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Sustainable Eating

9, 10
Essential questions
What exactly is food, and what are some of the different reasons we value it?
What are some common farming practices, and how sustainable are they?
What are some possible solutions to food-related challenges?
How much do we as consumers know about the foods we eat?
What are some ways a reimagined food label could better inform the consumer about the health and environmental impacts of a food item?
What is the value of a farmers’ market?
How can we use human ingenuity and innovation to design solutions to lessen the impacts of food production and consumption?
How do modern animal farms support human demands for meat?
How can we evolve agriculture to feed the human population in a way that supports and does not degrade animals and the environment?

This module includes the following lessons:

Lesson 1: Eco-101: 101 Fundamentals: Food (Estimated time needed: One 55-minute session)
In this lesson, students learn important concepts related to food, including what it is made of, how we consume it, and the impact our consumption has on our health and the environment. The focal point of the lesson is an in-depth presentation in which students encounter and discuss each of the key concepts. They cultivate a well-rounded understanding of the topic by exploring the concepts together through micro and macro perspectives.

Lesson 2: Eco-Activity: Farm-Fresh Foods (Estimated time needed: Two 55-minute sessions)
In this lesson, students explore the benefits of buying locally grown foods. They divide into groups to review issues associated with food, in six different categories: transportation, waste, retailing, quality, the community, and the economy. Then they use what they’ve learned to pitch ideas for an advertising campaign to promote local farmers’ markets. The Extend ideas provide further opportunities for students to get involved in the local food community and help advocate for local farmers.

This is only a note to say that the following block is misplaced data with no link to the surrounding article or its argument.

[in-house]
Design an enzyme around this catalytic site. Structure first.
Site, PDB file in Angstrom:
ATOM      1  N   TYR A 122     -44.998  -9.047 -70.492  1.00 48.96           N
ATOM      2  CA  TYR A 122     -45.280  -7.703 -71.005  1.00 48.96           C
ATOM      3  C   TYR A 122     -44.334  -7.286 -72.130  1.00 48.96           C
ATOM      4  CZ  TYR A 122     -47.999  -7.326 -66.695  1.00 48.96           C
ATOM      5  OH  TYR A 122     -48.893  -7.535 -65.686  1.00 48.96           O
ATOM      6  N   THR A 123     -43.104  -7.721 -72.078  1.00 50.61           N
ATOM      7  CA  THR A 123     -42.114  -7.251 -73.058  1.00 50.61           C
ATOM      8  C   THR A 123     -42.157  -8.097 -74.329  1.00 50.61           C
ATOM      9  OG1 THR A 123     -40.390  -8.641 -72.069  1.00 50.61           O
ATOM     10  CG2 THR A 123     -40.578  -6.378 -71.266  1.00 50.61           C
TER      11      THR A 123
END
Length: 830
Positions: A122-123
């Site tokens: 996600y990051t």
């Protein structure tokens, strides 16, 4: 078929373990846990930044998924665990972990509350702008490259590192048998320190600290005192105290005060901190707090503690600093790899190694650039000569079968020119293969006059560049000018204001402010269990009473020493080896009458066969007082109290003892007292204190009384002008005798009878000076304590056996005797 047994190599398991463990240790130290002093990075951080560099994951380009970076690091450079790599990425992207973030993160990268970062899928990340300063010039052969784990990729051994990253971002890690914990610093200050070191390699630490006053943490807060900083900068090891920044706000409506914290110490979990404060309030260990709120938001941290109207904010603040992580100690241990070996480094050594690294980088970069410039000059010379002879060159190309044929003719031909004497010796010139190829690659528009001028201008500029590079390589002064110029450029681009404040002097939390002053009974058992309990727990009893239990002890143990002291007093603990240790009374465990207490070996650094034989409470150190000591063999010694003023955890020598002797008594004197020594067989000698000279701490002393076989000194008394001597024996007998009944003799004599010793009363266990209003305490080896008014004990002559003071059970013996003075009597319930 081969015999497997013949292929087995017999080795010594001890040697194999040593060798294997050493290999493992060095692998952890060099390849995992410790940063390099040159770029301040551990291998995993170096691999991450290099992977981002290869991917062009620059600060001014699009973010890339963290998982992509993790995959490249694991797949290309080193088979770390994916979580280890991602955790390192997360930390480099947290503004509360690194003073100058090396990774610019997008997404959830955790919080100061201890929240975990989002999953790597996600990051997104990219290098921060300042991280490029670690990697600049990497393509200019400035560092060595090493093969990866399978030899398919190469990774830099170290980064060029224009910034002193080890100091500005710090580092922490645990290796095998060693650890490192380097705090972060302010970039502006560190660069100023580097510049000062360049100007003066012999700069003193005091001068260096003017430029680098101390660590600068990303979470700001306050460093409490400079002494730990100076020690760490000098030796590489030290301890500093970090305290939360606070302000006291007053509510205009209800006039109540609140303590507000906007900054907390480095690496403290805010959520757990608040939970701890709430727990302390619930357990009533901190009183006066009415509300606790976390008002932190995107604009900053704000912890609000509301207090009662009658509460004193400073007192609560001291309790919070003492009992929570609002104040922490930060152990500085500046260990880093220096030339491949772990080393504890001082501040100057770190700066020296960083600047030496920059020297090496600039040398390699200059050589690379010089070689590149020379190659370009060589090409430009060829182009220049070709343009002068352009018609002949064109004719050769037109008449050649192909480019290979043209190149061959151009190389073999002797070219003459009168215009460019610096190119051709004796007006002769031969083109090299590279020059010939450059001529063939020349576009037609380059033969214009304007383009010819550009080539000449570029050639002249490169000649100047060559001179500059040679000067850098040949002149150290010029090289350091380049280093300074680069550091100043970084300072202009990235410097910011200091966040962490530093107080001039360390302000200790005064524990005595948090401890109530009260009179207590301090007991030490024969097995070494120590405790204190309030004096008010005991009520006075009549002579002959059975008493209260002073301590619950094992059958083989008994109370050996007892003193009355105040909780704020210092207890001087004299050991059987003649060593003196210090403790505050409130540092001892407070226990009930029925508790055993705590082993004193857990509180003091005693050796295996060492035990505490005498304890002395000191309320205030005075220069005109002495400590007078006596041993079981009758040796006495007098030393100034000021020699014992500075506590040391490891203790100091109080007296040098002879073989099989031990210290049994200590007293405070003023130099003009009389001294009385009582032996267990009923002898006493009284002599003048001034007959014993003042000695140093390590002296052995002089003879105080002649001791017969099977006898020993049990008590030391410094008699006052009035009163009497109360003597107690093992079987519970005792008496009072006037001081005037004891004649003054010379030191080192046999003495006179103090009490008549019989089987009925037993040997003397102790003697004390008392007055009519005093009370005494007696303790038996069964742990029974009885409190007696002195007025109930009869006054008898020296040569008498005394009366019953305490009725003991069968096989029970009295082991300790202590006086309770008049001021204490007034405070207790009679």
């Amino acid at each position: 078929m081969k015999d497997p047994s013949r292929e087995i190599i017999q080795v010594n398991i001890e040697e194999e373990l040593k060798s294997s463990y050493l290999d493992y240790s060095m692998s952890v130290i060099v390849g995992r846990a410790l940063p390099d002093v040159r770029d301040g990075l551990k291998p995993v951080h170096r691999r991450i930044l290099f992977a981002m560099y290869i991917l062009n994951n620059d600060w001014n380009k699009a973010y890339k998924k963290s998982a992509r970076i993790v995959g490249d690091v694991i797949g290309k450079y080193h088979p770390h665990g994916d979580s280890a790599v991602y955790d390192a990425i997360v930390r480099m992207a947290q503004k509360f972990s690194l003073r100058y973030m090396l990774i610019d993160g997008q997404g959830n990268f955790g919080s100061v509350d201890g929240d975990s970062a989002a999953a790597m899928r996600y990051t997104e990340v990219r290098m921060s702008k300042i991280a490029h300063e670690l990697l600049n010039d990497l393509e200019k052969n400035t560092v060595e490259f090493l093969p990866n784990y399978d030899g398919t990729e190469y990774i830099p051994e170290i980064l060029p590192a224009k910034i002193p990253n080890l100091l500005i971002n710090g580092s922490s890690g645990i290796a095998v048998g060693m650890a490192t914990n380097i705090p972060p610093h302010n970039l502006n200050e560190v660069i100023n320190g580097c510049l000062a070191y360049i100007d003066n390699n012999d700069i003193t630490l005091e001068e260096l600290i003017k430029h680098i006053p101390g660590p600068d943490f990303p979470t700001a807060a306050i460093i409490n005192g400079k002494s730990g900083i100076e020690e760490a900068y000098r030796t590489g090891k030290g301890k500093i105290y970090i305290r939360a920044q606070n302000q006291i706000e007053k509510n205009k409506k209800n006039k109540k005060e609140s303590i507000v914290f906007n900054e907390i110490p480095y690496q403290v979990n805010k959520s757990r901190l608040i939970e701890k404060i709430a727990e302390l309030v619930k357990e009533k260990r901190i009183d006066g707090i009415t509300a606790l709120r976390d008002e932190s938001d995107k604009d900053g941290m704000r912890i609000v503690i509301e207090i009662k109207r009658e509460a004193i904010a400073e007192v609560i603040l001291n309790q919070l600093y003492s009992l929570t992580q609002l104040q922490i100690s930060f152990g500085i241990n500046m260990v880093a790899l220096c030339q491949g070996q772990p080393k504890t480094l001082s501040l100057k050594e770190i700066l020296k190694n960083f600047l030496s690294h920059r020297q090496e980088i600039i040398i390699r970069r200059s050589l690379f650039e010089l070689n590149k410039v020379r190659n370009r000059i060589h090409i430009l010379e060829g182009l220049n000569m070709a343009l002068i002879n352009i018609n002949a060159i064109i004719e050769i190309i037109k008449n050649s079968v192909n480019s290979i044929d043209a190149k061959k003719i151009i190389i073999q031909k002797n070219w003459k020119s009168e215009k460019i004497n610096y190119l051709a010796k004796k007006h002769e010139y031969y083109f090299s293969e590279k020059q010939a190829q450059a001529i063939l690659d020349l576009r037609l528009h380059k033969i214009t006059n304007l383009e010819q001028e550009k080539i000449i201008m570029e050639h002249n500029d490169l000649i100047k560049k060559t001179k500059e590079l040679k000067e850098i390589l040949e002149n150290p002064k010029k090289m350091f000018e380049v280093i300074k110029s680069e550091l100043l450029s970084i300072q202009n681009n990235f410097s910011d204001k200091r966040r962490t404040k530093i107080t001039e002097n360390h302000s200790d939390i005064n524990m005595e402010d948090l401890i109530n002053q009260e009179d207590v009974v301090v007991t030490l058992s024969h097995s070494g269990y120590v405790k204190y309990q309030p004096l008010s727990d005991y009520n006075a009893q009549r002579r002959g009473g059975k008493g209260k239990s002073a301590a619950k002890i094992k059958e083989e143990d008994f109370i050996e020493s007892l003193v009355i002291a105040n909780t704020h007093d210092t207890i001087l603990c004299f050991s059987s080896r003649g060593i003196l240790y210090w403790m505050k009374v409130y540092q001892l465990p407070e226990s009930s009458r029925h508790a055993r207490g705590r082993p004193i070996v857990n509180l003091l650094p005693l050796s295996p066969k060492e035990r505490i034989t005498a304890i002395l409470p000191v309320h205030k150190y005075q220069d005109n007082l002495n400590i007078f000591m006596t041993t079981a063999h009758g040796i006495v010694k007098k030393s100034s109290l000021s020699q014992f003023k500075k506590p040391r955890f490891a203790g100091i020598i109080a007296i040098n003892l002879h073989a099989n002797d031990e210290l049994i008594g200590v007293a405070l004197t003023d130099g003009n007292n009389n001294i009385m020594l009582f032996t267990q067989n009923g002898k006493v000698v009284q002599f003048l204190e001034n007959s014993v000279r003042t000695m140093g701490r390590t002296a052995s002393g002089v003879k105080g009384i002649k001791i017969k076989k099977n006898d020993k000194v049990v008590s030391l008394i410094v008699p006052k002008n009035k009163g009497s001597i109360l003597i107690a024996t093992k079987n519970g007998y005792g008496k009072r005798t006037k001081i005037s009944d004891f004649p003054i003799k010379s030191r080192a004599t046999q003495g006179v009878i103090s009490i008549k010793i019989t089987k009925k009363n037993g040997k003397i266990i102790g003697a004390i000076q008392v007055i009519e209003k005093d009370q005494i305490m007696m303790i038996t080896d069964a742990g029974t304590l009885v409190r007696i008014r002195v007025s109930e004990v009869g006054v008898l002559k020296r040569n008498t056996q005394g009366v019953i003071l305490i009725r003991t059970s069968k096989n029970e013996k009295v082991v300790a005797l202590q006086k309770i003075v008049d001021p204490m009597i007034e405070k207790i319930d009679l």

Lesson 3: Eco-Activity: What Am I Eating? (Estimated time needed: Two 55-minute sessions)
In this lesson, students role-play nutritionists and designers who have been hired by a government agency to rethink how processed foods are labeled. They consider how our ability to make healthy food choices is influenced by the way the ingredients and nutritional value of foods are listed on food labels. They also consider how our food choices might change if a label revealed the environmental impact of the food’s production and transportation processes, as well as disposal options for the packaging. Students then work together to design a new, improved food label with a rating system to help consumers make healthier choices and to encourage healthy, sustainable food production.

Lesson 4: Eco-101: Animal Farms (Estimated time needed: Three 55-minute sessions)
In this lesson, students learn how humanity’s close relationship with domestic animals and our use of animals for food has evolved and changed over thousands of years. Today, the consumption of meat by humans follows a clear pattern of economic growth: richer countries eat more meat than poorer ones. Students examine the example of the United States—which has one of the highest rates of meat-consumption—and how industrial animal feeding operations support the high per-person meat-consuming habits of its residents. Students also examine how growing concerns about animal welfare and the environment are now causing Americans to consume less meat and to call for more humane conditions for farm animals. Students then take on the role of an investigative journalist and work in groups to learn more about the sustainable and unsustainable practices used in the chicken, beef, pork, turkey, and fish industries.

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